For example, an algorithm like Eclat builds a data structure for each item during the initial database scan. We need to build this data structure for each item. And building this data structure for an item requires to do one operation for each transaction that contains the item. If we assume the worst case, where each item appears in each transaction, we can say that building the data structures for all items is O(m * n) in the worst case. I say O(m*n) because for each item (n) we must add up to m entries in its data structure.
So globally, for Eclat, we can say that the time complexity for initial operations (Time_Complexity_for_initial_operations) is O(m * z) + O(m * n) in the worst case. It is important to say “in the worst case” because this is what we analyzed.

We should also not forget to analyze the space complexity. It is done in a similar way.

If we take Eclat as example, the space complexity for initial operations is just to build the data structure for each item, so it is:
Space_Complexity_for_initial_operations) is O(m * n) in the worst case based on the previous discussion.

We could also take other algorithms as example like FPGrowth. An algorithm like FPGrowth is more complex. It will build a tree structure as initial operations. In that case, we need to talk about the operations for building the tree and also about the space for storing that tree. I will not go into details but the size of the tree is in the worst case equal to the database size (if transactions do not overlap) so it would be something like O(m * z). This a rough analysis and we could analyze this into more details as I did not talk about pointers in that tree and the header list. But that is the rough idea.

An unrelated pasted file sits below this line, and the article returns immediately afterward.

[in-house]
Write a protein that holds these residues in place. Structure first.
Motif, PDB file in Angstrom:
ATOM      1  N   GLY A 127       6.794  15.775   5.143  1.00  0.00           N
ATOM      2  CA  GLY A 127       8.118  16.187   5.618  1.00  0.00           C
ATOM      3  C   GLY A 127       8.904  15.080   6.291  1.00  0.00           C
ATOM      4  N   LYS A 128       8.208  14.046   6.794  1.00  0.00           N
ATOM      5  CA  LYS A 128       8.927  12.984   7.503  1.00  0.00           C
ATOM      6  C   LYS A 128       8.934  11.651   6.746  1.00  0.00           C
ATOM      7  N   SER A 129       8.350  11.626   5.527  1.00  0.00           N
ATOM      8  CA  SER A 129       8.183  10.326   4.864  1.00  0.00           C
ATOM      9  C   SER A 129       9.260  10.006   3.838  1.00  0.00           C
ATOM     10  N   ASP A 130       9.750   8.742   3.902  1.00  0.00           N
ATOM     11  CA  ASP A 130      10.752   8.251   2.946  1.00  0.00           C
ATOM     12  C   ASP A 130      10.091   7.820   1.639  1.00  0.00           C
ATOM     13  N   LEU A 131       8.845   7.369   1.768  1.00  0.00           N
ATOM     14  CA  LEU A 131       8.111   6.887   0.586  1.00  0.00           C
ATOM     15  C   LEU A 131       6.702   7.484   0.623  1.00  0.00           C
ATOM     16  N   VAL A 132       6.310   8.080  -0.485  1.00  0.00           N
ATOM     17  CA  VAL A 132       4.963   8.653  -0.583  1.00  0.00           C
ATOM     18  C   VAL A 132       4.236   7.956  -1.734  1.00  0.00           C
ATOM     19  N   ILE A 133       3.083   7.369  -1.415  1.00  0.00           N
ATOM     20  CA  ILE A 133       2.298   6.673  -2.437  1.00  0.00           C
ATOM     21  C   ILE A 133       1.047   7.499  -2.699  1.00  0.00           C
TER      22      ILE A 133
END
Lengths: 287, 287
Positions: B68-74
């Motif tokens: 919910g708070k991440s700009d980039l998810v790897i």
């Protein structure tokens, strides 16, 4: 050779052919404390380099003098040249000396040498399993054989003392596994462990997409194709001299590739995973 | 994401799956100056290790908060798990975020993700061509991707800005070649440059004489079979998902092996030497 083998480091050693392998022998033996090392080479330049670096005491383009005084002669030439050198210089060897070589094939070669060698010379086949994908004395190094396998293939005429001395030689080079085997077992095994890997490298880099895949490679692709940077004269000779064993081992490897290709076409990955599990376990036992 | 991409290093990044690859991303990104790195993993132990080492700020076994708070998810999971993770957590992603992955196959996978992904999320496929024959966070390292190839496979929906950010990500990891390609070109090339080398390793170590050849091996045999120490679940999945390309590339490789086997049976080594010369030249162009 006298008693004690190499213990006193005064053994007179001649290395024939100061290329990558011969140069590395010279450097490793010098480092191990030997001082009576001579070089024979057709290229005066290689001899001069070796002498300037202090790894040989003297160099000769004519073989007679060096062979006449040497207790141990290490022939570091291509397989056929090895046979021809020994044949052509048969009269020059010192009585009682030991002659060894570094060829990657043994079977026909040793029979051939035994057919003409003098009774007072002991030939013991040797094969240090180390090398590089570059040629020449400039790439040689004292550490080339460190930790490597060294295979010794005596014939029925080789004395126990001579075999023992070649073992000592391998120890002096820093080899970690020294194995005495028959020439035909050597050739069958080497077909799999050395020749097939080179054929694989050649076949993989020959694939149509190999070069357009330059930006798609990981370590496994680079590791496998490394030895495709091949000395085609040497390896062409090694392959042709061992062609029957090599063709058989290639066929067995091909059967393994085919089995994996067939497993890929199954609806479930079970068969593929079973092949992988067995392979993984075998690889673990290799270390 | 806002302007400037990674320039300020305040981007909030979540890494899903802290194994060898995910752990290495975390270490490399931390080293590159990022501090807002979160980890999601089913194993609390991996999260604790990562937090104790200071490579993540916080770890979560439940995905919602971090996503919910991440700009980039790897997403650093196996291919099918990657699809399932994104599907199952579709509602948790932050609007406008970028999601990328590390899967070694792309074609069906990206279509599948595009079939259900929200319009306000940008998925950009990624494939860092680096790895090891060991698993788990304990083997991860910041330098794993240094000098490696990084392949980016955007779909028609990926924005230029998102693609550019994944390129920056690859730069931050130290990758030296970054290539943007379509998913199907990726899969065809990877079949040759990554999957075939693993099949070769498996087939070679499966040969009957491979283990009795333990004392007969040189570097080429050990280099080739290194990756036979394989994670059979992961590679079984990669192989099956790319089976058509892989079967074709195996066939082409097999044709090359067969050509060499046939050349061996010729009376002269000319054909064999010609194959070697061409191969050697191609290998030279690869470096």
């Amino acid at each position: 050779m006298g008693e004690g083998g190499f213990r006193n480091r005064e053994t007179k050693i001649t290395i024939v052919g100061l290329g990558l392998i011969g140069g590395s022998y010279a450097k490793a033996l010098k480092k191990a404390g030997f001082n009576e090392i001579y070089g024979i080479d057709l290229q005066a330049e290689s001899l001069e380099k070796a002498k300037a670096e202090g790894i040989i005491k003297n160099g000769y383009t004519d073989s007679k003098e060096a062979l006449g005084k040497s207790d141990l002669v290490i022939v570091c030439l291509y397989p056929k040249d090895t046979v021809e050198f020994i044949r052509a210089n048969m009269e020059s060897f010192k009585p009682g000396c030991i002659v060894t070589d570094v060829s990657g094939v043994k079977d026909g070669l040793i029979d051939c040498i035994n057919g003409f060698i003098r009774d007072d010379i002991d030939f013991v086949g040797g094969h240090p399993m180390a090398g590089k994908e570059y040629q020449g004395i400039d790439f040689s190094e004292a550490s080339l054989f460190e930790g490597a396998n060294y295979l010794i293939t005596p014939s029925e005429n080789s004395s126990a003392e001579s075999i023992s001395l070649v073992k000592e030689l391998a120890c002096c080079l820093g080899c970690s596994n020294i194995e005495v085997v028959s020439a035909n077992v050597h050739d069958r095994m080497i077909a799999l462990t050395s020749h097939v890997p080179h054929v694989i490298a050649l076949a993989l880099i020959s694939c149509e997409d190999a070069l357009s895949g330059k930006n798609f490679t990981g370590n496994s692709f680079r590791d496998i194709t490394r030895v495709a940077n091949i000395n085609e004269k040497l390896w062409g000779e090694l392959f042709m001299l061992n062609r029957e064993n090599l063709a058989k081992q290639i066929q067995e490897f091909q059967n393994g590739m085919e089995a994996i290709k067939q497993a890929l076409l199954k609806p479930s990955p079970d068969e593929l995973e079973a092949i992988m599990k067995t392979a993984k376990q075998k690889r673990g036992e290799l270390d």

How to analyze the complexity of the search for patterns?

The second part that we need to analyze to get the overall complexity of a pattern mining algorithm is the complexity of the search for patterns. This is what I called Time_Complexity_search_for_patterns and Space_Complexity_search_for_patterns.

So let’s start. Analyzing the complexity of the search for patterns may not seem easy because usually there is some recursive function that is called to search for patterns or even some kind of iterative process (e.g. in the Apriori algorithm). But we can still analyze this. So how to do? The easiest way to think about this is to think about how many patterns there are in the search space and then what is the complexity for processing each pattern. In other words:

Time_Complexity_search_for_patterns = How_many_patterns * Time_Complexity_to_process_each_pattern

and

Space_Complexity_search_for_patterns = How_many_patterns * Space_Complexity_to_process_each_pattern

So first, we must think about how many patterns there are in the search space. Usually, we don’t really know because it depends on the input data. So we can only talk about the worst case. The number of patterns is usually like this:

  • For itemset mining problems, if there are n items, there are 2^n -1 itemsets in the search space, in the worst case. Why? This is simply the number of possible combinations that we can make from n items. I will not do the proof.